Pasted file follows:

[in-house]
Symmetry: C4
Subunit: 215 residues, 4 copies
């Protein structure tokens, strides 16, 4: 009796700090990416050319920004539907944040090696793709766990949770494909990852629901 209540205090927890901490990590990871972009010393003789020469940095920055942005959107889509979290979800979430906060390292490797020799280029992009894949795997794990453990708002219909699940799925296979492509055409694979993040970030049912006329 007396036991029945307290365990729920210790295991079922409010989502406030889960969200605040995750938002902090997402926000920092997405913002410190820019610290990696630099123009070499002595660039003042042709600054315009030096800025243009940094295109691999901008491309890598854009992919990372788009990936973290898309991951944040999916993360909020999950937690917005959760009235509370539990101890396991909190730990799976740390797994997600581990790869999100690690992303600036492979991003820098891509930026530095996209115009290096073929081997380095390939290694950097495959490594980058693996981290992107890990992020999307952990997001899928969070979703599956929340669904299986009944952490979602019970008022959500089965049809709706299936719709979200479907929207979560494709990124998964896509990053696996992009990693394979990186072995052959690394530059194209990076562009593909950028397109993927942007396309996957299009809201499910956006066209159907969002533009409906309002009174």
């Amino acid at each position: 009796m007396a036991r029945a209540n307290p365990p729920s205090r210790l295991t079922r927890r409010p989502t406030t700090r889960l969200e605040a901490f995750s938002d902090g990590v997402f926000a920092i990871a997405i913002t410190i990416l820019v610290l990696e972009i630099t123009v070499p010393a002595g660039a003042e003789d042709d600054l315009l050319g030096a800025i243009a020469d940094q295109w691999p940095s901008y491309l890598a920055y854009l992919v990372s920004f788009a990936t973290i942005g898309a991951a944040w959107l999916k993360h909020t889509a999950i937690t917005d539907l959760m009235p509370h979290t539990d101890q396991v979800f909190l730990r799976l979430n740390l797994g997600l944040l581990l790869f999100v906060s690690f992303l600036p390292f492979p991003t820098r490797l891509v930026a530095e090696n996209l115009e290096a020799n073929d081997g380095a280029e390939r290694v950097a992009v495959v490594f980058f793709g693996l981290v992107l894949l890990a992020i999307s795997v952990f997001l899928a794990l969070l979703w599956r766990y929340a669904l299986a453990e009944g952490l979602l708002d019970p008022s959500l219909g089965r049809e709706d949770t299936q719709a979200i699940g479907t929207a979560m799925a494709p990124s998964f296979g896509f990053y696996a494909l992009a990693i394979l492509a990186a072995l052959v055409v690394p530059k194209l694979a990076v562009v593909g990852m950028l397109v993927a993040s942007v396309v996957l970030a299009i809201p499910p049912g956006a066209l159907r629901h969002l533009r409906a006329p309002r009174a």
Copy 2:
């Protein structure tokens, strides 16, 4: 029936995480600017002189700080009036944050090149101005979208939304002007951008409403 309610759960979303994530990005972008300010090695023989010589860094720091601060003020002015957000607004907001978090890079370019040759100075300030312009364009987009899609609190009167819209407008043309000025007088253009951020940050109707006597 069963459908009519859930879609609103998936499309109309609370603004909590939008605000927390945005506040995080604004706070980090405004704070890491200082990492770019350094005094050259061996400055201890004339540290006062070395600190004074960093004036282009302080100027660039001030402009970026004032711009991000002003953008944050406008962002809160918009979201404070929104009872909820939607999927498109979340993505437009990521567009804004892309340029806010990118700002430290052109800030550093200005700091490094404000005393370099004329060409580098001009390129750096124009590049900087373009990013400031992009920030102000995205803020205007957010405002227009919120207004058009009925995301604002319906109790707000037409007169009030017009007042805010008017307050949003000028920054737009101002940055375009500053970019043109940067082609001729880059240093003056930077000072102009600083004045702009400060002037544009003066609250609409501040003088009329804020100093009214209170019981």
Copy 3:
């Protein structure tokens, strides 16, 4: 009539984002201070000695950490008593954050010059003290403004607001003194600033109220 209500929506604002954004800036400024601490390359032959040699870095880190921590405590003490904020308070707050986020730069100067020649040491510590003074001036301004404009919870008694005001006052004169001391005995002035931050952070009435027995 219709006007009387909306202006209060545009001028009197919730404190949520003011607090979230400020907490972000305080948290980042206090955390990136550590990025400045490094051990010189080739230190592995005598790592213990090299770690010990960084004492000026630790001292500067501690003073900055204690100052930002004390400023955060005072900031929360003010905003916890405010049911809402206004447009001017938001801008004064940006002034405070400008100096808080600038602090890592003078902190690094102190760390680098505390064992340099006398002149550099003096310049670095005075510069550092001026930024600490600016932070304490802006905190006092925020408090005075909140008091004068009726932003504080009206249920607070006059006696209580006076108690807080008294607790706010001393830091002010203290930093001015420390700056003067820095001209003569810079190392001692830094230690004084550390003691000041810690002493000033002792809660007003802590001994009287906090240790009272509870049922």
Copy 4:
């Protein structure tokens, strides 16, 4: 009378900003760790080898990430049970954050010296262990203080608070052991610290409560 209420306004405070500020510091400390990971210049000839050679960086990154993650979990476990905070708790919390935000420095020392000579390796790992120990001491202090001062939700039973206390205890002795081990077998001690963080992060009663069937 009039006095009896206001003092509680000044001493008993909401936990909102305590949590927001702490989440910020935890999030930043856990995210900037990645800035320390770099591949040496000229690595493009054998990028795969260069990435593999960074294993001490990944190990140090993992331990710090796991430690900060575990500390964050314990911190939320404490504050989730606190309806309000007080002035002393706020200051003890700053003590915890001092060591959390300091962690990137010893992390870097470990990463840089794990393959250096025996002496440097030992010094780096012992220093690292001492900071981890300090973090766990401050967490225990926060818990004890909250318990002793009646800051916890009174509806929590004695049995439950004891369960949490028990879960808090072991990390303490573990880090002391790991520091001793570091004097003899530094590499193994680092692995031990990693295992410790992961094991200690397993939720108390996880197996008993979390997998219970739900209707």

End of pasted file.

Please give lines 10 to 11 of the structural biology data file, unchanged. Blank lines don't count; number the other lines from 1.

Copy 4:
């Protein structure tokens, strides 16, 4: 009378900003760790080898990430049970954050010296262990203080608070052991610290409560 209420306004405070500020510091400390990971210049000839050679960086990154993650979990476990905070708790919390935000420095020392000579390796790992120990001491202090001062939700039973206390205890002795081990077998001690963080992060009663069937 009039006095009896206001003092509680000044001493008993909401936990909102305590949590927001702490989440910020935890999030930043856990995210900037990645800035320390770099591949040496000229690595493009054998990028795969260069990435593999960074294993001490990944190990140090993992331990710090796991430690900060575990500390964050314990911190939320404490504050989730606190309806309000007080002035002393706020200051003890700053003590915890001092060591959390300091962690990137010893992390870097470990990463840089794990393959250096025996002496440097030992010094780096012992220093690292001492900071981890300090973090766990401050967490225990926060818990004890909250318990002793009646800051916890009174509806929590004695049995439950004891369960949490028990879960808090072991990390303490573990880090002391790991520091001793570091004097003899530094590499193994680092692995031990990693295992410790992961094991200690397993939720108390996880197996008993979390997998219970739900209707």